Dissertation - Doctoral Entrepreneurship in Publicly-funded Hospitals: A Multi-case Study of Privately Funded Rehabilitation in Ontario Hospitals

Author

Anna Ballon-Kaushansky

Abstract

Ontario hospital spending represents the largest portion of the health care budget. Consequently, governments and publicly funded hospitals have implemented policies and strategies to decrease health care costs on the one hand, and on the other hand, to increase revenues from non-governmental sources. For hospitals, one revenue-generating opportunity includes partnering with privately funded rehabilitation companies or creating hospital-owned privately funded rehabilitation departments. The presence of parallel funding streams (public and private) for health care services departs from the political and organizational norms for Canadian hospitals. The primary objectives of this research are to characterize the organizational relationships between publicly funded hospitals and privately funded rehabilitation departments and companies, examine their effectiveness, and understand the benefits and/or disadvantages that these relationships afford hospitals beyond those originally anticipated. This study used mixed research methods within multiple case studies. Study results indicated that Ontario hospitals have employed numerous entrepreneurial strategies to increase revenues in addition to government funding. The relationships between hospitals and privately funded rehabilitation companies/departments allowed the relationship partners to achieve mutually beneficial goals by exploring and exploiting new and existing material and non-material resources. Nevertheless, hospital leaders have encountered political, social, and organizational tensions when related to the presence of privately funded health care services in hospitals. This study contributes to organization and management science by examining the utility of these relationships and the factors that hinder or facilitate relationship success. From a practical perspective, the findings of this study are of value to organizational leaders who may wish to establish and maintain effective relationships between publicly and privately funded companies in the context of the Canadian health care system.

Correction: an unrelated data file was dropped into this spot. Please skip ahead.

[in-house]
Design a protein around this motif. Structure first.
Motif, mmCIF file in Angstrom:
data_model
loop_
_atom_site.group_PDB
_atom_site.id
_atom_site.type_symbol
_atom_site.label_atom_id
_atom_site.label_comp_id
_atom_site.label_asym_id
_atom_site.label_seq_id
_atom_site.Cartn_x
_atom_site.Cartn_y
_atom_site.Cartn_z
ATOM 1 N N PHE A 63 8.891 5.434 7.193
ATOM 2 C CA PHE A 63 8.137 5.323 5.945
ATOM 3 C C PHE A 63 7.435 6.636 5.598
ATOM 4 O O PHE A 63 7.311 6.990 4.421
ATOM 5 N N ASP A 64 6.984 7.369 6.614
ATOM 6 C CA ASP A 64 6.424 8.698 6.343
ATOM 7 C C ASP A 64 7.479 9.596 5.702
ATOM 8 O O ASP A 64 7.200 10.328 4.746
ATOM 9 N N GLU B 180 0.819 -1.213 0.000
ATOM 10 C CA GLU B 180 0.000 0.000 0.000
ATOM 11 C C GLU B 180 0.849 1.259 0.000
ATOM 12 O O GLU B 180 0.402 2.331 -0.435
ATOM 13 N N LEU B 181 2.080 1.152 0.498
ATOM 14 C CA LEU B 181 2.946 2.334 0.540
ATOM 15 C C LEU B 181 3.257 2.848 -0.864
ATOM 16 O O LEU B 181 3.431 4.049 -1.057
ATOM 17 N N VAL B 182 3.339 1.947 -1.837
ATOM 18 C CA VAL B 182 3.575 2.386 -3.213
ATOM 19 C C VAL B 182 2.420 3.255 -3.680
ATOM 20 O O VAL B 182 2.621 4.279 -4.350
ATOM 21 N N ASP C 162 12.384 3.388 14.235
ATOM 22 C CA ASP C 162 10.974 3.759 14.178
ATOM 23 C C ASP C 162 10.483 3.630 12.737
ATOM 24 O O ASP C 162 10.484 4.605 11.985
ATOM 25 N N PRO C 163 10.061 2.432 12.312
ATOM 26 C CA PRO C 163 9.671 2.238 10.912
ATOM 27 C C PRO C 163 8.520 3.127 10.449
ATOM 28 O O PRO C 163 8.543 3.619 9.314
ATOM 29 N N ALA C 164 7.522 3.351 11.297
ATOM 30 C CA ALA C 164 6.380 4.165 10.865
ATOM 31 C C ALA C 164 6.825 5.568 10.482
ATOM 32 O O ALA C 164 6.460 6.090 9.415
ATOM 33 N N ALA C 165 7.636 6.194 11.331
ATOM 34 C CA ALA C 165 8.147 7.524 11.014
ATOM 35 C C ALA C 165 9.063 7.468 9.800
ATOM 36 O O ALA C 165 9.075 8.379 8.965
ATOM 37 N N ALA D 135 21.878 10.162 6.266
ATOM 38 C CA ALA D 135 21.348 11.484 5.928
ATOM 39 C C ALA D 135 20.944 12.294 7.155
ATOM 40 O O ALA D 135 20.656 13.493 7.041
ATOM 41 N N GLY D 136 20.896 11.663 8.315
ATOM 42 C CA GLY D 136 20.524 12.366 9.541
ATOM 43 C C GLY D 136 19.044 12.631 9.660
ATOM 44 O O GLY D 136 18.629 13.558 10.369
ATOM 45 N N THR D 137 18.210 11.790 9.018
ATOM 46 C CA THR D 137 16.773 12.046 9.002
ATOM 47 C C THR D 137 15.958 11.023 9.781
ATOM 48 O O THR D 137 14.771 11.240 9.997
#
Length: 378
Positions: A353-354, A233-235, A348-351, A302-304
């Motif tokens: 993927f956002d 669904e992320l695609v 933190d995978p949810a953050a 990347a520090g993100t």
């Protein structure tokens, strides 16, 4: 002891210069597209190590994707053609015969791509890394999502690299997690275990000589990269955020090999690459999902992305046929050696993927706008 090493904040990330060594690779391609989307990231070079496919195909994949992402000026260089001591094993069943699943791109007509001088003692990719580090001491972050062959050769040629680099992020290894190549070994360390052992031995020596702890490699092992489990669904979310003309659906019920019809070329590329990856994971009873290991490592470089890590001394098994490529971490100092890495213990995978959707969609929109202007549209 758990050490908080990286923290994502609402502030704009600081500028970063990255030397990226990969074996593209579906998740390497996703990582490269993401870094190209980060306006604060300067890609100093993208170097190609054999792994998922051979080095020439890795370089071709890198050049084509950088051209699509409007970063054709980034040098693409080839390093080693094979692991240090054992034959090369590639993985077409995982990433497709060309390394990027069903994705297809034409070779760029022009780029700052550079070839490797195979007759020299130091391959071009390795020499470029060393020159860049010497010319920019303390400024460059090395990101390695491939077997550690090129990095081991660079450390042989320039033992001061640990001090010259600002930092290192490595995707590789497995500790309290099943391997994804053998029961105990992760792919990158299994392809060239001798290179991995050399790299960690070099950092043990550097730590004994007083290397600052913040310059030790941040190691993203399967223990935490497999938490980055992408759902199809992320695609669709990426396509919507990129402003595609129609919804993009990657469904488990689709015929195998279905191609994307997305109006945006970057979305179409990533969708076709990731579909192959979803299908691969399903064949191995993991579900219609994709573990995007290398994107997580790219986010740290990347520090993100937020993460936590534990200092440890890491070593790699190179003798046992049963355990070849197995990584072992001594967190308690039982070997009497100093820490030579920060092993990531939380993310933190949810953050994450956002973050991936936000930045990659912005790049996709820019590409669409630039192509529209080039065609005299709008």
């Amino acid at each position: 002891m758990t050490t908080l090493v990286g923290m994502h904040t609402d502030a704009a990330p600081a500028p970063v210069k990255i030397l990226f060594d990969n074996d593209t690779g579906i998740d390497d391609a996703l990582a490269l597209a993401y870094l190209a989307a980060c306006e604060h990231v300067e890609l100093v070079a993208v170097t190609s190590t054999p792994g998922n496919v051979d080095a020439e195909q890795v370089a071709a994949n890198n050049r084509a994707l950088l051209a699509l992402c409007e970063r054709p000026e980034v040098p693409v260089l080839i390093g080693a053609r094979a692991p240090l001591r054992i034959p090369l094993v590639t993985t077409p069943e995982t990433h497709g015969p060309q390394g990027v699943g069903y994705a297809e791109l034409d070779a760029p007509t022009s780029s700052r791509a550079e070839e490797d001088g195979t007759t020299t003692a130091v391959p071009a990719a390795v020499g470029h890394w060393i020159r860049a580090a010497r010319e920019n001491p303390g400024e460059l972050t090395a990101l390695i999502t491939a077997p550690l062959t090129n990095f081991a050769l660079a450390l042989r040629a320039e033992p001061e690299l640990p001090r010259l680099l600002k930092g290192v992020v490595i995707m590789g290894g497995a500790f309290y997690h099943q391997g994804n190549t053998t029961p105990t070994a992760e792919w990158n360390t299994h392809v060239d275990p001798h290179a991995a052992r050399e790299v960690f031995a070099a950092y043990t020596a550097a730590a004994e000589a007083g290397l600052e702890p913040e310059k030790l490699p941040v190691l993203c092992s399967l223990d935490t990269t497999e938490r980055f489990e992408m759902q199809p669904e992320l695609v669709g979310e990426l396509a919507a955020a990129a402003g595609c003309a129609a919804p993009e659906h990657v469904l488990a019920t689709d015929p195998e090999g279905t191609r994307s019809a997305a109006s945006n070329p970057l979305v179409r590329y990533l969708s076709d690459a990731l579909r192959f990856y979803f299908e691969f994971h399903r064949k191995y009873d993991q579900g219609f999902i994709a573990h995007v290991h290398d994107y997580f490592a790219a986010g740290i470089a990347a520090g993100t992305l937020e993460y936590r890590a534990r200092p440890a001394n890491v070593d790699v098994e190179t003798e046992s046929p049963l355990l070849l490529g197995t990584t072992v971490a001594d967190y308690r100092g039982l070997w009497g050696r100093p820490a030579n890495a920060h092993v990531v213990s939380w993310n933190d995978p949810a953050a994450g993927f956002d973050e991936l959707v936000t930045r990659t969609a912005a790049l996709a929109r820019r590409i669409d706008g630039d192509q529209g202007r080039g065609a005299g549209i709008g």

Supervisor

Whitney Berta